While the crust is baking, make the filling. Sift the flour into a mixing bowl. Add the sugar and whisk until blended. Add the lemon juice and zest and stir to dissolve the sugar. In a separate mixing bowl, whisk the whole eggs and egg yolk with the salt. Add the eggs to the lemon juice mixture and whisk until well mixed.

When the crust is ready, pull out the oven rack holding the crust and pour the filling directly into the hot pan. (It is easier to pour the custard into the pan if the pan is in the oven.) If the crust has come out of the oven and cooled before you have finished making the filling, put it back in for a few minutes so that it's hot when the custard is poured. Reduce the temperature to 300F and bake just until the center of the custard is no longer wobbly, 30-40 minutes.

Let cool completely on a wire rack, then cover and chill well before cutting. Using a sharp knife, cut into 12 squares, or as desired. If you like, dust the tops of the squares with confectioner's sugar. They will keep in an airtight container or well covered in the baking dish in the refrigerator for up to 4 days (Irene's note - yeah, right, not a chance; good luck keeping them for more than 4 minutes).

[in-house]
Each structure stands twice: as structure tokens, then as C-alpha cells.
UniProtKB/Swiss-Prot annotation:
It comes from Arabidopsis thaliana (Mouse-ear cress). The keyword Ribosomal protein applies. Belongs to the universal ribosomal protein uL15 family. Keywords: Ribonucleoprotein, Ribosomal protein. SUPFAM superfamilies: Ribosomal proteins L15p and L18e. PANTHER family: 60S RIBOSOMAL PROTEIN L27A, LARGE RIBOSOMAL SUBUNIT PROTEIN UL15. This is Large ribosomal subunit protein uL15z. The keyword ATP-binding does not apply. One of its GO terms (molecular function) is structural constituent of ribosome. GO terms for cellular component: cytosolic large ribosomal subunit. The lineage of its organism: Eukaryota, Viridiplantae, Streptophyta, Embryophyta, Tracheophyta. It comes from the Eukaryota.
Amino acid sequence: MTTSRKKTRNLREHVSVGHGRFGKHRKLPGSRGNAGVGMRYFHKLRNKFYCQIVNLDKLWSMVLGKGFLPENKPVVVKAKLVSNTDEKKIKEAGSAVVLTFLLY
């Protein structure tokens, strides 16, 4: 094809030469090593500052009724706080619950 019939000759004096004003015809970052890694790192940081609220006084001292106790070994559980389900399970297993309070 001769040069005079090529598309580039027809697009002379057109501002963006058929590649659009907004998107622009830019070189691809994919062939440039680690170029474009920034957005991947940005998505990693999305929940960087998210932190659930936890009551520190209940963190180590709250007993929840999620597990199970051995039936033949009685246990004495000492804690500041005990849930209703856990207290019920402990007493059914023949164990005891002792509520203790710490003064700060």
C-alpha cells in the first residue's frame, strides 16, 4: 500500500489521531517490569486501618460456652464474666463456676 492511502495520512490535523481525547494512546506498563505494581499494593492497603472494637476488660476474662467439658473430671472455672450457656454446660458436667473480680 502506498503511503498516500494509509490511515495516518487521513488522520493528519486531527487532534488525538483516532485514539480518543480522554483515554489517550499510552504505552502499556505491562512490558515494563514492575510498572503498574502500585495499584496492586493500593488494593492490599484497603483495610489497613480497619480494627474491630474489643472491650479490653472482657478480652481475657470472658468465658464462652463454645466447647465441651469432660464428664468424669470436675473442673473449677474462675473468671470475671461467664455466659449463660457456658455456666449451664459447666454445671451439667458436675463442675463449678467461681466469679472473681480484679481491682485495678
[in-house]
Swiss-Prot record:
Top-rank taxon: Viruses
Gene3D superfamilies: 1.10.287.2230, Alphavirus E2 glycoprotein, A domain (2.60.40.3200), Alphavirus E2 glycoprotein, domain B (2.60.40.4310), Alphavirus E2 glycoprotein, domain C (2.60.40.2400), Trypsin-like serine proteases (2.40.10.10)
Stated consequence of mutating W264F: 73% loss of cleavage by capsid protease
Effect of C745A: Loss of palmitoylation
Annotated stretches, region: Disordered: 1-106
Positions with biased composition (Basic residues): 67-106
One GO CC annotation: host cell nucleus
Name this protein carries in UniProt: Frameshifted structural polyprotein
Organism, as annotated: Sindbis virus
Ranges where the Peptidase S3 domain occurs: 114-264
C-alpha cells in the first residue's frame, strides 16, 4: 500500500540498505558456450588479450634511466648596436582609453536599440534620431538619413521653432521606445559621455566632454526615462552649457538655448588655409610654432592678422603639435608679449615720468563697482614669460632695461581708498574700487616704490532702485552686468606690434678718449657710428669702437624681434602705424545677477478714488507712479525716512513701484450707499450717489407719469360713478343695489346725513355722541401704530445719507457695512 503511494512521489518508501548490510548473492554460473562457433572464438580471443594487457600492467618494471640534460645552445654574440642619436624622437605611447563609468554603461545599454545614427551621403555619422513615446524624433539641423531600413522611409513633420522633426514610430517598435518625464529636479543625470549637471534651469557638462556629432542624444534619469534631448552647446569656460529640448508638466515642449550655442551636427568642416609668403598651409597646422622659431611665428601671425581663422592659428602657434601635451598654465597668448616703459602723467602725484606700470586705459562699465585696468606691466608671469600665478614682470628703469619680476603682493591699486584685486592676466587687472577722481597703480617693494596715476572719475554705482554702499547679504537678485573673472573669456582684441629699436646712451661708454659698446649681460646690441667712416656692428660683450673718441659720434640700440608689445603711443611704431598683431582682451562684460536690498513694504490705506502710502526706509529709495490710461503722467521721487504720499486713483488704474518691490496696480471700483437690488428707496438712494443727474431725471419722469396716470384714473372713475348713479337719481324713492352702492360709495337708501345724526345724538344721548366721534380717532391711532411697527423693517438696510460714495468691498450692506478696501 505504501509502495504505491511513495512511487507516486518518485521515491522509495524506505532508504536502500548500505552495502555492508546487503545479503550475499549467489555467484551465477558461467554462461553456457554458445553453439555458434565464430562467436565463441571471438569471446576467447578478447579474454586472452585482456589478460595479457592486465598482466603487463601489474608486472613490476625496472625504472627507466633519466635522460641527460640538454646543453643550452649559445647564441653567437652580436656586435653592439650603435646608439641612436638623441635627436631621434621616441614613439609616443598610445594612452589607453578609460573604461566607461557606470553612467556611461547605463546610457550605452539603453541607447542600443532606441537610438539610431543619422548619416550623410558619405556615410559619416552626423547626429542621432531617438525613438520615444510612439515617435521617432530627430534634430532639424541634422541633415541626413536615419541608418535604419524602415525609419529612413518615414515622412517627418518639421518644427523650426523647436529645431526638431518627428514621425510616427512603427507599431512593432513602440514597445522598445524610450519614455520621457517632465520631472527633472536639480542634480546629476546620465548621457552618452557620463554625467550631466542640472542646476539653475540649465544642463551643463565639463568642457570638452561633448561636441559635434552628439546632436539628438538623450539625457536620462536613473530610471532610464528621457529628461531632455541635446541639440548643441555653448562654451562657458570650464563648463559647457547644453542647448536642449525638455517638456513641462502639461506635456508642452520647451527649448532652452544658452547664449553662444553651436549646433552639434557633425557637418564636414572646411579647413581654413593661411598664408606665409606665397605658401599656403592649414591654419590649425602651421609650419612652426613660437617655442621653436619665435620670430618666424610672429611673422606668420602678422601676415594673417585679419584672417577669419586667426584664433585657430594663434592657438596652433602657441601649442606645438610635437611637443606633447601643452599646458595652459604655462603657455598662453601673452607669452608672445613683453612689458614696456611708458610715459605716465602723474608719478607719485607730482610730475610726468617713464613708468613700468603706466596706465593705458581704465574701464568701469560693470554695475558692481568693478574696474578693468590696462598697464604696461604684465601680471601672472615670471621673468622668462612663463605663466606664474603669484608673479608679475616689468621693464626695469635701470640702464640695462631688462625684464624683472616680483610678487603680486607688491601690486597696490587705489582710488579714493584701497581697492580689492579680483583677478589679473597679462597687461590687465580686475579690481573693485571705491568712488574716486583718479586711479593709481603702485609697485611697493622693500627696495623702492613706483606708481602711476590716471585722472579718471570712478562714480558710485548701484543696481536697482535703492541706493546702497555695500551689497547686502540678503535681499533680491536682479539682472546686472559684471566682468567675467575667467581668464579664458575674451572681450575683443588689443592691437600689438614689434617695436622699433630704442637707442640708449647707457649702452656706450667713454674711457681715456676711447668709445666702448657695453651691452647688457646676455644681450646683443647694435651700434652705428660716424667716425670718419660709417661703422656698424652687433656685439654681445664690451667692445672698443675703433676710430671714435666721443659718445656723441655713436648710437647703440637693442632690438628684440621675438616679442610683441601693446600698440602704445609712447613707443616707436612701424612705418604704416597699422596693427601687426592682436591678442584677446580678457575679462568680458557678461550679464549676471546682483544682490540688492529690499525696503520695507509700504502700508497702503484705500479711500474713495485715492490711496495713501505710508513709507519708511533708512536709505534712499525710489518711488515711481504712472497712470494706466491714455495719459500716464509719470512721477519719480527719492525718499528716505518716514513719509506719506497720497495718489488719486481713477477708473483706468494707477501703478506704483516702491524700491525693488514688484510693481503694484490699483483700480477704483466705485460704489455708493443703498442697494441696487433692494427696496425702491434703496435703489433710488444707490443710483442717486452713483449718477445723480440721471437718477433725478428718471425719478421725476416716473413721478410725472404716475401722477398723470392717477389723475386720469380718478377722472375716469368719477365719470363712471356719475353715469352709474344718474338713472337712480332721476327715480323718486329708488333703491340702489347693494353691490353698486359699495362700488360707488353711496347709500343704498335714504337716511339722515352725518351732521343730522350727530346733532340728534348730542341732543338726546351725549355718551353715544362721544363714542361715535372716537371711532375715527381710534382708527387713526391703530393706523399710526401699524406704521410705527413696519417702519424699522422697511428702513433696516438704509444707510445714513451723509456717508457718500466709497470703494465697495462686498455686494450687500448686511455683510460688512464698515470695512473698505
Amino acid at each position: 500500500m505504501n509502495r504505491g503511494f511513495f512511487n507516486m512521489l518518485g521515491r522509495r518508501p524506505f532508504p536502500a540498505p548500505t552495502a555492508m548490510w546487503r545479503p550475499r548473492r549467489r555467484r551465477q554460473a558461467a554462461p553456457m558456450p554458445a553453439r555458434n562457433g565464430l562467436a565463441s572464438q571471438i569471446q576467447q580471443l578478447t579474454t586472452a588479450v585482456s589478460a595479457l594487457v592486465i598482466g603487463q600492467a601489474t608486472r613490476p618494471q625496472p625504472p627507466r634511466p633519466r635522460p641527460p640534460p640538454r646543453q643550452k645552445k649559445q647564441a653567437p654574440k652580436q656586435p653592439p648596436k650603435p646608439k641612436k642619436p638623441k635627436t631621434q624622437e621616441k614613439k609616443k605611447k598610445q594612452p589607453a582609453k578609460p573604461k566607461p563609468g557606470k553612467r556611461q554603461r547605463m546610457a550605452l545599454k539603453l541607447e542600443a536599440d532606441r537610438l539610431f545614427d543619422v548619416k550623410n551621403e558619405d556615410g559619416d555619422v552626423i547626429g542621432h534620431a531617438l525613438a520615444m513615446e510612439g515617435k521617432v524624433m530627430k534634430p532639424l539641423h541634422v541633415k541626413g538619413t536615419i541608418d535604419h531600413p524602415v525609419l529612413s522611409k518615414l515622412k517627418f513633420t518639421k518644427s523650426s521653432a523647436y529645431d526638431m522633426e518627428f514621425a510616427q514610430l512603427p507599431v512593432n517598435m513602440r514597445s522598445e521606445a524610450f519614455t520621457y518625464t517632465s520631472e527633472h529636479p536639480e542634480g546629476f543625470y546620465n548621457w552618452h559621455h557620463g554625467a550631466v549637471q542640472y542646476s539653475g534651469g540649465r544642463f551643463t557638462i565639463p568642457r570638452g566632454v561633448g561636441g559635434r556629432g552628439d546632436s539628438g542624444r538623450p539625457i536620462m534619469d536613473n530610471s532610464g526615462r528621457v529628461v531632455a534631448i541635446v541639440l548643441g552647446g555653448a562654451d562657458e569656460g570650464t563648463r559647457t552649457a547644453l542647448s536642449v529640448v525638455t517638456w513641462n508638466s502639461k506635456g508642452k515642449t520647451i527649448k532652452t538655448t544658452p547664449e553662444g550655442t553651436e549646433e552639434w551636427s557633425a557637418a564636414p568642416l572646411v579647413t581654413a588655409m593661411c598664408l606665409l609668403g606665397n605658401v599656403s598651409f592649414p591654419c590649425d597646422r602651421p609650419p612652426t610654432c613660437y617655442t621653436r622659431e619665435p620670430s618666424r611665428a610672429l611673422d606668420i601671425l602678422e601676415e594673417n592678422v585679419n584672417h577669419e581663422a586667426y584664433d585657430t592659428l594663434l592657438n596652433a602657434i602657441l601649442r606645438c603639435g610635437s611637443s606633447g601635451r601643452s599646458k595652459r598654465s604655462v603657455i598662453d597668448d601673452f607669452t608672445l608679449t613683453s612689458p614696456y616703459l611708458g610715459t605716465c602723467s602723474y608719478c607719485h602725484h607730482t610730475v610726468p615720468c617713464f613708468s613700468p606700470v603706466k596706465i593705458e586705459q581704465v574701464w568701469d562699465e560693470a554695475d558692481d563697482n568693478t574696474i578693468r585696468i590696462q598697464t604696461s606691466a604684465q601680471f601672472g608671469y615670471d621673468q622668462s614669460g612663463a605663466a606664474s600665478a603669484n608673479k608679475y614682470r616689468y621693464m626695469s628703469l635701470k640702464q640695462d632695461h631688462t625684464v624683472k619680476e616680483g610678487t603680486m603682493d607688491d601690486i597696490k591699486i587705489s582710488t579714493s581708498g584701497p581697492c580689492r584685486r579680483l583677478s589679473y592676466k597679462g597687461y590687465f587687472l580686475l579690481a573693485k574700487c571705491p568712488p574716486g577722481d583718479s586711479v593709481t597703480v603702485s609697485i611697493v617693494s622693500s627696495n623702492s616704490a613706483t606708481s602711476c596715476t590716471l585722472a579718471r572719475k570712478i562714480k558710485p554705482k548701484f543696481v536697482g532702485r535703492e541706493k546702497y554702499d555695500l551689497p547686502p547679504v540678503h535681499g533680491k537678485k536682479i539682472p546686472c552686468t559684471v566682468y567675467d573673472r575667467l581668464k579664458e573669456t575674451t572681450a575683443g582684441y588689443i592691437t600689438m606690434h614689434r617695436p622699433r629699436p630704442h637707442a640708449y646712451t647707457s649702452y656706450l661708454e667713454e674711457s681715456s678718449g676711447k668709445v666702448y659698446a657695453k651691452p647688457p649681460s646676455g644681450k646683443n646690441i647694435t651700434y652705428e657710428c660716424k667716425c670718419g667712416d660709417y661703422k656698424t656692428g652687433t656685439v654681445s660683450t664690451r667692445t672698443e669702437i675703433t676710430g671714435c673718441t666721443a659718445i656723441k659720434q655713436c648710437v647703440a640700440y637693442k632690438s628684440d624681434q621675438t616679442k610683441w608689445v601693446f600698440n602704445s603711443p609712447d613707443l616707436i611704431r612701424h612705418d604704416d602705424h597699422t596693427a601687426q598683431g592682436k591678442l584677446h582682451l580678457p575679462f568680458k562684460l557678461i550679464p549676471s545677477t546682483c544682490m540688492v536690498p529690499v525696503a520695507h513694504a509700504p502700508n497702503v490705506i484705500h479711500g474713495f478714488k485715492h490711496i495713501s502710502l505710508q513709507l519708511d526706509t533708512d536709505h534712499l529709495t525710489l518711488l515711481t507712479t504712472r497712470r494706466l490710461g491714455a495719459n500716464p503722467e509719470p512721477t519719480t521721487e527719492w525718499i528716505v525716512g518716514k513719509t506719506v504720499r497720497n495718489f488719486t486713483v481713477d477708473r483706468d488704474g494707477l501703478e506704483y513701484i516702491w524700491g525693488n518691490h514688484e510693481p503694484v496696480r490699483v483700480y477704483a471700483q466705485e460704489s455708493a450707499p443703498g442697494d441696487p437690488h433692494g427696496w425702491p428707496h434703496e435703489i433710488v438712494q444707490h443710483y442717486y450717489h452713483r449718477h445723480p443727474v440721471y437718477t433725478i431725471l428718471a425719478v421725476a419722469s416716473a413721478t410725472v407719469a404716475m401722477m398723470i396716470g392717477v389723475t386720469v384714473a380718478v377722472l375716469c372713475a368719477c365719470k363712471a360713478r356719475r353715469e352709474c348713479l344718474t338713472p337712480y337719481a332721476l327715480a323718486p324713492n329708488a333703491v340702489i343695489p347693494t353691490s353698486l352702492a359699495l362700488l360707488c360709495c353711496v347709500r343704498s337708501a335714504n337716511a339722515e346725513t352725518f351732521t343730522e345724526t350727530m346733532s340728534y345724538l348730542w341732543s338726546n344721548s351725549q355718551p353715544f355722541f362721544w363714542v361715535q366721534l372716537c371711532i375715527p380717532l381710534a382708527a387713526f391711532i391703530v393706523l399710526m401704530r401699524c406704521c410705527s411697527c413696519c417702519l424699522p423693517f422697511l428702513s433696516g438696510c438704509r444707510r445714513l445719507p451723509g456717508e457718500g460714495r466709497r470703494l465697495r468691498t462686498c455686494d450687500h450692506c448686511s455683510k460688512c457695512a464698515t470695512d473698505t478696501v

ChichaJo said...

I love afternoon tea! I'm such a fan :) The mini sandwiches and tarts, scones and tea, the whole ritual of it it! :) Your's looks gorgeous...the whole set up is lovely and those lemon bars sound delicious!

Peg said...

Mention 'shortbread' and I'm there! I'm going to visit the kids next week-end -- a good guest brings a gift, right? Your lemon bars sound just right.

veron said...

Tartine has always been at the top of my dessert books. It's too funny that we made the same recipe from the same book. And you know I have the same plate that you used and nearly used for the lemon bar too. I actually used the longer version of the plate to serve the lemon bar to my guests. Yours look gorgeous!

Aran said...

what a beautiful display! i saw Veron made these too. i love this recipe and i love Tartine! gorgeous!

Tartelette said...

Love the lemon bars from that book too! Can you hear me "I love you Irene" :)?!!! Truly delicious!

Anonymous said...

My favorite recipe for lemon bars comes from the South, it uses less sugar, and the ingredients are slightly different:

1.5 cups sugar
4 teaspoons cornstarch
2 teaspoons finely grated lemon zest
4 eggs
1/3 cup lemon juice
5 tbsps unsalted butter, melted and cooled
1 partially baked pie shell. (you can use a pate brisse recipe or the one that you are using for crust, use a rectangular pie dish, obviously)

Preheat oven to 325 F. Combine sugar and starch in a large bowl and mix, pressing out any lumps. Stir in lemon peel. Beat in eggs one at a time. Stir in lemon juice, blend in butter. Pour filling into the pie shell. Bake until puffed and golden brown, about 50-60 min. Cool to room temp before slicing, as filling will thicken, fall somewhat and acquire jellylike texture when cool.

I find this desert to be especially welcome after a heavy meal such as leg of lamb a la Francaise, for example :)